Last time we heard a homegrown transmission from DJ Madd’s reggae inflected label, Roots & Future, was way way way back in August 2013 with ‘Homeland / Follow Dub’. Fast forward to 2014 and the crop of labels with reggae DNA in their blood that have filled the void and created quite the competition. Perhaps DJ Madd was a tad precognizant. Fear not lions, DJ Madd returns with the third slab of wax for his label and it’s a doozy that’ll hit you in the lungs the way hi-grade sensi does.
Pon di A-side ‘I-N-I’ utters its message of intent about creating “music to play on the soundsystem”. The voices of rasta ghosts from deep dubspace are spread liberally across the entirety of the thuddering, niyabinghi inflected romper. Quick steppin’ percs and obeah synths add some dread to whole construct as dub sirens refract into the themselves in Fibonacci fractals. Wheezing organ stabs, dubbed horns, and space echoed melodica motifs are thrown into the thick gumbo of ‘I-N-I’ – splashing and splattering their way about, adding melodic color. Tasteful dungeon growls that luckily are few and far between enough to not muck up the rest of the riddim and give some teeth to the volcanic hill duppy that shake the branches of trees and howl in the night. And to top it off, a plummeting sub-line that’ll wriggle your intestines if you stand to close to the speaker.
Thick reggae guitar chops and a repeated mantra of ‘gunshot gunshot gunshot gunshot’ open the aptly titled ‘Gunshot Riddim’. Heavily hi-pass filtered hi-hats inna King Tubby style are a delightful production trip. A steppa-indebted rhythm framework soon emerges, coming armed with Jah lightning and thunder fi Babylon. Thick cow hide congas toughen the rather sparse and tumbling percussion, however the vocal mantra returns from dubspace bringing along with it a head-warping flanged synth line that unravels your DNA. The steppa riddim resumes and carries us along with it, uncaring if we like it or not.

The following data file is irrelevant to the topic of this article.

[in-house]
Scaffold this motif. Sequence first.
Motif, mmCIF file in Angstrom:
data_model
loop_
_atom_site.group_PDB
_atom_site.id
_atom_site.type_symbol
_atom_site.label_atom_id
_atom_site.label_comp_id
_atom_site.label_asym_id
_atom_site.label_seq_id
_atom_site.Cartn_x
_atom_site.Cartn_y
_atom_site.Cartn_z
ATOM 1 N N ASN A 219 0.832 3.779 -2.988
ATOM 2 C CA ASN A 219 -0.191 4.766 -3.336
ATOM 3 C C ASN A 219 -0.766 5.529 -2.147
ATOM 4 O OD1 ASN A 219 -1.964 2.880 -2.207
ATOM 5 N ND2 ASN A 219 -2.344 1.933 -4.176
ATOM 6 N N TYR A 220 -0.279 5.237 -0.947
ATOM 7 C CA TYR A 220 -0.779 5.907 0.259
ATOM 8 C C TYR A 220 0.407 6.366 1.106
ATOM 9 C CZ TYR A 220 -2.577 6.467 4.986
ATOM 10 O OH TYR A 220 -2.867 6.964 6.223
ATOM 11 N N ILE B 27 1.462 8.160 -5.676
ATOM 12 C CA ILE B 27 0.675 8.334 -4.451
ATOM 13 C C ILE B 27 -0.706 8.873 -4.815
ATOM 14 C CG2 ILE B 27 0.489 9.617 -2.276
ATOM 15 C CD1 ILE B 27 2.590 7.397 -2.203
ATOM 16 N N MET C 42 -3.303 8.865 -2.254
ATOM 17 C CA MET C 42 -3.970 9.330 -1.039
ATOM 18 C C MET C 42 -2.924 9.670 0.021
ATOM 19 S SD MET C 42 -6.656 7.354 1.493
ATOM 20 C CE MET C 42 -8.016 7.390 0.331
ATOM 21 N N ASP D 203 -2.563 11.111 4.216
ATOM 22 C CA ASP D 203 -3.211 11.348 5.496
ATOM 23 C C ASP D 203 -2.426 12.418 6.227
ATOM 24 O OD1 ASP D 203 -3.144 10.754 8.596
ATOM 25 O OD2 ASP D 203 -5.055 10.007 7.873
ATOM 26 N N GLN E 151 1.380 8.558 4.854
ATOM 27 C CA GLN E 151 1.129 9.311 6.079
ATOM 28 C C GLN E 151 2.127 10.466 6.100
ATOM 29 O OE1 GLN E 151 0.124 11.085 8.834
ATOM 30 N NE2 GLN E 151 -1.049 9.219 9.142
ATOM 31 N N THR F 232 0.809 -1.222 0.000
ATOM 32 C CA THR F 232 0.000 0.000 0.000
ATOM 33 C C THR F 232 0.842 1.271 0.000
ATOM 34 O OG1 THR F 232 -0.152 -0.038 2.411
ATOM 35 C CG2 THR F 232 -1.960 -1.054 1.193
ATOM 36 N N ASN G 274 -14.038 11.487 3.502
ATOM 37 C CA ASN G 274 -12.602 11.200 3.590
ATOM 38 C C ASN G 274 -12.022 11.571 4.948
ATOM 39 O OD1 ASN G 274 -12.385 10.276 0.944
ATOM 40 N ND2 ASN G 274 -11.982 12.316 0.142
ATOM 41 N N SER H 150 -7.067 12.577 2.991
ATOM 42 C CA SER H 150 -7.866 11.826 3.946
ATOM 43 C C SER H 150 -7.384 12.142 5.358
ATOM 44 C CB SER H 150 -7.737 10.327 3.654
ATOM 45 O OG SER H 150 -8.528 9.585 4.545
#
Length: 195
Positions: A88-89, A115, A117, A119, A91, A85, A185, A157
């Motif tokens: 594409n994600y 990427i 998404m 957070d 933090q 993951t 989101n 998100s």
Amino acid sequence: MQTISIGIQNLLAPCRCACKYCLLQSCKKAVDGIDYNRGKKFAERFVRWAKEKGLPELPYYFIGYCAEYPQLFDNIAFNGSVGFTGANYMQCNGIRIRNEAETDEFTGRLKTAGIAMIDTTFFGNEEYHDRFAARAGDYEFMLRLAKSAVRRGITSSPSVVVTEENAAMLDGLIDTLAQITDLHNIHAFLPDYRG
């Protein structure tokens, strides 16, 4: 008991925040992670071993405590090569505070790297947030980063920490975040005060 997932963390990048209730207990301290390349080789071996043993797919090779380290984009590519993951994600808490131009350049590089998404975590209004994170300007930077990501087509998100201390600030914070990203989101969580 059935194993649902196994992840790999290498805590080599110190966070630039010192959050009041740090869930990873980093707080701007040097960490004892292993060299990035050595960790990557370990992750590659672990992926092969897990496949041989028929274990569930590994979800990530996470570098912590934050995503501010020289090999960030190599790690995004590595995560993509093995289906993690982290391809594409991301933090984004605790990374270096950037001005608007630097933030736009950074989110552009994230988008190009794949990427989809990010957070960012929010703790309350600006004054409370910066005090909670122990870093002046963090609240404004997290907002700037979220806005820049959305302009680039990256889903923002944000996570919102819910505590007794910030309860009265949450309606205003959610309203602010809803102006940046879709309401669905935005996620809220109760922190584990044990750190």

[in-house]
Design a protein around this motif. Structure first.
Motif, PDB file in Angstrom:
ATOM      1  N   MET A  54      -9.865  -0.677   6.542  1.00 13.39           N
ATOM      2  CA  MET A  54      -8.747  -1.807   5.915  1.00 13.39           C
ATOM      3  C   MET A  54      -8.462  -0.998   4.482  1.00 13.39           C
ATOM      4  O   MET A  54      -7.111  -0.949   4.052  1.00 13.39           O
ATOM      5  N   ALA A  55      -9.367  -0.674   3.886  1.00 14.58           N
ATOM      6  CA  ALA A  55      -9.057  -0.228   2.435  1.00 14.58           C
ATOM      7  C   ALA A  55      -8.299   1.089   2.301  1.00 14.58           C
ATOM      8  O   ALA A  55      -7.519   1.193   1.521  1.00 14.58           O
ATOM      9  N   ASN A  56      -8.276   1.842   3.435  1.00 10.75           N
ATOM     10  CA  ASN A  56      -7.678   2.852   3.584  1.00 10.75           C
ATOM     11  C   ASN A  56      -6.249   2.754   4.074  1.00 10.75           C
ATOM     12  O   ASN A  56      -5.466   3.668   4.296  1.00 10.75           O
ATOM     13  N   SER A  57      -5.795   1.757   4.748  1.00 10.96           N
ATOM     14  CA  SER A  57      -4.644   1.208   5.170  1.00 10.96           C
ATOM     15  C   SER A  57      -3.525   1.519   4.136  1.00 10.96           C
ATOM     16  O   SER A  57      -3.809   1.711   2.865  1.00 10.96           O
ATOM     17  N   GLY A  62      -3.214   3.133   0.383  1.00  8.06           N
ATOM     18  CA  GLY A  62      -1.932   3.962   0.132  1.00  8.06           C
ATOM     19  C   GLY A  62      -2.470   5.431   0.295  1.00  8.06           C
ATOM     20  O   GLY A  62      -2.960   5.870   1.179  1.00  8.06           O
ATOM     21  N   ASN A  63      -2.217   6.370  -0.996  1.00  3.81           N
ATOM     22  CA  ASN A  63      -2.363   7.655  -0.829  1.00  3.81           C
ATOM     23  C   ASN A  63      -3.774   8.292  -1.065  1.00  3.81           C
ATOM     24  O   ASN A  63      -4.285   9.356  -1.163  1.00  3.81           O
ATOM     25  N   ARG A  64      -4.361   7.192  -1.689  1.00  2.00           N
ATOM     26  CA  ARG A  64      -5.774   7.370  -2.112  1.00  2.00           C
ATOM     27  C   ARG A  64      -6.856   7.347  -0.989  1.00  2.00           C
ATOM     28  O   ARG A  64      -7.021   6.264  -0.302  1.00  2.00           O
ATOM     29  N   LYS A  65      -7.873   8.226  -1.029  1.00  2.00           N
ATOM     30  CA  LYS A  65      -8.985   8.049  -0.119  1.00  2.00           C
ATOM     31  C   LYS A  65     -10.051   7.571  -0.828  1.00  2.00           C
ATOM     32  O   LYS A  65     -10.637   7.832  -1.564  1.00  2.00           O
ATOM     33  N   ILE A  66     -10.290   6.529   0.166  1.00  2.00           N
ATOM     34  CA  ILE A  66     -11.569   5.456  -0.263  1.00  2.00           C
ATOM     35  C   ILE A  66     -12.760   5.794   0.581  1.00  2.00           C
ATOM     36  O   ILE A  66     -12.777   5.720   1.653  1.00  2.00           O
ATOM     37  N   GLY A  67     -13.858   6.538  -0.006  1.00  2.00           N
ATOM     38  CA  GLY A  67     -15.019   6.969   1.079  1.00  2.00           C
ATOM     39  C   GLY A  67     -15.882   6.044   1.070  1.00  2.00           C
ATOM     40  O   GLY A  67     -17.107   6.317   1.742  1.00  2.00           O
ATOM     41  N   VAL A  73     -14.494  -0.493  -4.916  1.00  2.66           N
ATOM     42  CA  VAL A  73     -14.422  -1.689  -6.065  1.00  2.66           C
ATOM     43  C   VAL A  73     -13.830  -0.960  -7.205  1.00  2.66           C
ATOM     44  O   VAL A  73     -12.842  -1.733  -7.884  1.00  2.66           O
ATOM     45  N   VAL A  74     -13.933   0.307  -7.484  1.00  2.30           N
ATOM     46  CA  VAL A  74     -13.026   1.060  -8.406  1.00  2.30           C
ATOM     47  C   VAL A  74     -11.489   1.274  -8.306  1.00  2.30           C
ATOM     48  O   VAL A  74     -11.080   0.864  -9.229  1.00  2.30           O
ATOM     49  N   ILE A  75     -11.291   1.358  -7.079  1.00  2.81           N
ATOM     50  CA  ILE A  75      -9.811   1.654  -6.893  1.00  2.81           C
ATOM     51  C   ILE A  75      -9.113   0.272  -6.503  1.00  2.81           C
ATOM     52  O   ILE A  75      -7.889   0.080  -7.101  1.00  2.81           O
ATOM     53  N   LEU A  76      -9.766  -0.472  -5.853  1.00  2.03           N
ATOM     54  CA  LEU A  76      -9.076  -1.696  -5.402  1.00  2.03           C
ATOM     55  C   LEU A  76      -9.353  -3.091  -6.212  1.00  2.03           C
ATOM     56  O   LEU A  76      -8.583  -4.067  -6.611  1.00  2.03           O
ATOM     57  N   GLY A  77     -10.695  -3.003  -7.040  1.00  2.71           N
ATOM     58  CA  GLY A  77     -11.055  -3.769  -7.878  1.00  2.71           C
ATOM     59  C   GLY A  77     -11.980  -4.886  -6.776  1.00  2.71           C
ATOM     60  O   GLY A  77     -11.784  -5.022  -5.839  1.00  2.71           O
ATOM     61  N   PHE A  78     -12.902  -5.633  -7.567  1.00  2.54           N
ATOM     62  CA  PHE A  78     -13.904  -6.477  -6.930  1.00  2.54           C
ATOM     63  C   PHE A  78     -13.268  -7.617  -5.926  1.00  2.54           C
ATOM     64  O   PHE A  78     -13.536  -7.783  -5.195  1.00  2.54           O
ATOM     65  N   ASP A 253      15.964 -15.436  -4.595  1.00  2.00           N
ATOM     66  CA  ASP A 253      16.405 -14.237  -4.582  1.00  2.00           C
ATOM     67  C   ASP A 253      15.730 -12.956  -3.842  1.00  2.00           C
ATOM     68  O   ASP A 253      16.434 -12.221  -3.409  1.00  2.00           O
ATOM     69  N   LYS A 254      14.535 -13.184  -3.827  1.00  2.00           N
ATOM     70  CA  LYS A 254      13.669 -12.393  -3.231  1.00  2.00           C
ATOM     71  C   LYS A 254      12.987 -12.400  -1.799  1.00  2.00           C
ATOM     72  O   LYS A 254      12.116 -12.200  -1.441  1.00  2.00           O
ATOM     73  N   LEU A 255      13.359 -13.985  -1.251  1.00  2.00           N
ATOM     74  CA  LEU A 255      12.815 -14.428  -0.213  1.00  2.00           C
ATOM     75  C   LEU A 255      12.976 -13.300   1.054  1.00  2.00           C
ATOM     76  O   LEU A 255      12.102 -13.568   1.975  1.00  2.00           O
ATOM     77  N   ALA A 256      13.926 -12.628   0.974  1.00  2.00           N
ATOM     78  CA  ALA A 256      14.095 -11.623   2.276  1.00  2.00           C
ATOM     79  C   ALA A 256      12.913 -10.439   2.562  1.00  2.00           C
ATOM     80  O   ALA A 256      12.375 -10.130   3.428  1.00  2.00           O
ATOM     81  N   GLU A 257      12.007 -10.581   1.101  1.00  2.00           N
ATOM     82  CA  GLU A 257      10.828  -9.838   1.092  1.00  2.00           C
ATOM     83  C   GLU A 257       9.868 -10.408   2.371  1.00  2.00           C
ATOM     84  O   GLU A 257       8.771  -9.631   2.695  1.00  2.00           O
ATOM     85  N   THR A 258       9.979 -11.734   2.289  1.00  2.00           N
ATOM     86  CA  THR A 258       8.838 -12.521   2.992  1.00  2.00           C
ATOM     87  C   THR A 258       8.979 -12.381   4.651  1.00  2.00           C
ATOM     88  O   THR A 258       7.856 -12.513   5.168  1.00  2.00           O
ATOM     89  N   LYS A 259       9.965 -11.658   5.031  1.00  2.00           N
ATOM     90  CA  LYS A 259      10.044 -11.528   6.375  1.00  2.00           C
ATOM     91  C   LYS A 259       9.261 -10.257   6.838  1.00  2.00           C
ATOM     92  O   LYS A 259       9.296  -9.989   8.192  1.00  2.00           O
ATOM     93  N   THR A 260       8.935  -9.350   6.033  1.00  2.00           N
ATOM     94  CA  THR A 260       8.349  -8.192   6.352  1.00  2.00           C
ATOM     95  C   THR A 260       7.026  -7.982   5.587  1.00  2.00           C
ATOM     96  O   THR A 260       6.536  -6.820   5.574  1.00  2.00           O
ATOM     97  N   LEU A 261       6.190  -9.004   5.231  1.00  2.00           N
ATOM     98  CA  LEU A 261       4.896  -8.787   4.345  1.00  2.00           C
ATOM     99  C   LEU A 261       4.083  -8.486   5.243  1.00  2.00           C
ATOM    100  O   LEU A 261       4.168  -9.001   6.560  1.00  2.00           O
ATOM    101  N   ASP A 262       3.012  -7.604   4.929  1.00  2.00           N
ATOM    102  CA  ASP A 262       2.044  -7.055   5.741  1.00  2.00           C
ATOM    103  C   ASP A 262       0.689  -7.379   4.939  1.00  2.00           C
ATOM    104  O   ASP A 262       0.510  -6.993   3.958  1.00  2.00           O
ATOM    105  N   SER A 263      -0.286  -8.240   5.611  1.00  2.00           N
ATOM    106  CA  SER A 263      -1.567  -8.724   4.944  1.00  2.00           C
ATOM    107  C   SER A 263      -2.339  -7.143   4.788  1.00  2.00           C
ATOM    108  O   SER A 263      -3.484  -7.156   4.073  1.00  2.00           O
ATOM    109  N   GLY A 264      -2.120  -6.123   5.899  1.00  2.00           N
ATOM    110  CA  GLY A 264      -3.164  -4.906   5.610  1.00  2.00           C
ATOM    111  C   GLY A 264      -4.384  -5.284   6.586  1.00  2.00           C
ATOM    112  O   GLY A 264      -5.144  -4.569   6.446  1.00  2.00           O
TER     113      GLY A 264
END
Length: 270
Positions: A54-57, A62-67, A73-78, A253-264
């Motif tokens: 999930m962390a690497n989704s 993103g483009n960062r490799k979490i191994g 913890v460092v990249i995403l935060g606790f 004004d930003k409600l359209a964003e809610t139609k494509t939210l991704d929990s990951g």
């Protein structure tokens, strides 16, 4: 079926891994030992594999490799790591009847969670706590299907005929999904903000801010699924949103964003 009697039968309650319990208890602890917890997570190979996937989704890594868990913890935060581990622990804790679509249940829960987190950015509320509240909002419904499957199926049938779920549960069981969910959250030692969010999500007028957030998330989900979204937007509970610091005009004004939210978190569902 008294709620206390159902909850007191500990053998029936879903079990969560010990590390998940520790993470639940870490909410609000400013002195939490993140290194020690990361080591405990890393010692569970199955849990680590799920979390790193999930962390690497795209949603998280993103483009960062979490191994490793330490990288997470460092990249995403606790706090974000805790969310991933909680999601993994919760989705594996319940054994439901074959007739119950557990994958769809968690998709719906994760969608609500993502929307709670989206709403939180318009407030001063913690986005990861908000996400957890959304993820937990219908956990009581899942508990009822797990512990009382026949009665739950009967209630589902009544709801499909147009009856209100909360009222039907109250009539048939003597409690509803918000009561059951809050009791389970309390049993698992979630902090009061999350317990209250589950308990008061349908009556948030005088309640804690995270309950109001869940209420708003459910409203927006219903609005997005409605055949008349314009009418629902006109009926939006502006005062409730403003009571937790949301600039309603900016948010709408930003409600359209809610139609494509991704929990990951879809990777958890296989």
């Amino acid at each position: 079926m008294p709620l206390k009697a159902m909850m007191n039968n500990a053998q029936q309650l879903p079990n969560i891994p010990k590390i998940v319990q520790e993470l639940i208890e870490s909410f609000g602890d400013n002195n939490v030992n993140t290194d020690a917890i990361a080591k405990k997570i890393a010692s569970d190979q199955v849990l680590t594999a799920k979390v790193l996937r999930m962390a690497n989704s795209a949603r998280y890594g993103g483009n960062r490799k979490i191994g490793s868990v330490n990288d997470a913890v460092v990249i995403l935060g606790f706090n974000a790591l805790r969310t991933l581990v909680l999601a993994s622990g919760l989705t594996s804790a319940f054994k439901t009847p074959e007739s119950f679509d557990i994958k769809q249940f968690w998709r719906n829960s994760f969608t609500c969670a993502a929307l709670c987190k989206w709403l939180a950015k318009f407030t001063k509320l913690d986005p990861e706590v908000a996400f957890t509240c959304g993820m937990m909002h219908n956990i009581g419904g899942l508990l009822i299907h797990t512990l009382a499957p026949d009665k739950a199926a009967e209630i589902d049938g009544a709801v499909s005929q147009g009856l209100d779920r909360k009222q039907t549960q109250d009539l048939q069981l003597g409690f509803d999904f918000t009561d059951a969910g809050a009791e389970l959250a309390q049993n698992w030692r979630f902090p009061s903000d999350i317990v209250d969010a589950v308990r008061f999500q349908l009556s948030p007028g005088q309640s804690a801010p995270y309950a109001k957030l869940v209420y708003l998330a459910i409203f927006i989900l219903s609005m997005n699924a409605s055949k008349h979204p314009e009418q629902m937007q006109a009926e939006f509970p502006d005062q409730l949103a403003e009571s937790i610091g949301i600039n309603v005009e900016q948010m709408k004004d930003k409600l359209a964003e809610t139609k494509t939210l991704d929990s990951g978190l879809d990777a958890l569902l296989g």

Finally, DJ Madd saves the floor wrecking ‘Burnin Dance’ for last. Like a zulu warrior, ‘Burnin Dance’ is armed with spring-loaded snare cracks that fall back into themselves, creating a really interesting psychedelic effect that was born from the streets of Kingston where murder happened upon the steps of a colonial residence without a moment’s hesitance. Carnival organs urge our feet to cavort in union as the speaker cones crack under the weight of the b-line. Rastaman toasting command us that “when the fiyah starts, put it out inna dance.” The floor is warm from the feet of the dancer’s relentless stomping and skanking. The air is warm too, thick and hazy with spliff smoke. Flecks of niyabinghi and conga intermingle like sensi and rum in the blood. ‘Burnin Dance’ leads us to it’s ultimate plan of utter dance floor abandon, a burning dance.
DJ Madd’s third installment of his Roots & Future label is another gem of reggae-inspired dubstep and you should definitely cop it. I would/am. Ok, now with that being said (I hope this doesn’t turn into an op-ed), the increasing presence of reggae inspired labels and tunes floating around atm is a double edged sword. On the one hand, its a way of paying homage to the roots, and on the other hand it inundates the scene with too many samey sounds – this whole argument cropped up when dungeon became a thing – increasingly the only worthy 140 vinyl to purchase has been increasingly of the reggae persuasion. I foresee many vinyl DJ’s constantly playing the same songs, mixes beginning to sound the same, you can’t tell the DJs apart, etc etc. I just fear for the scene like an over-protected mother. I just want to see a variety of influences, some experimentation, some risking-taking back in the scene is all.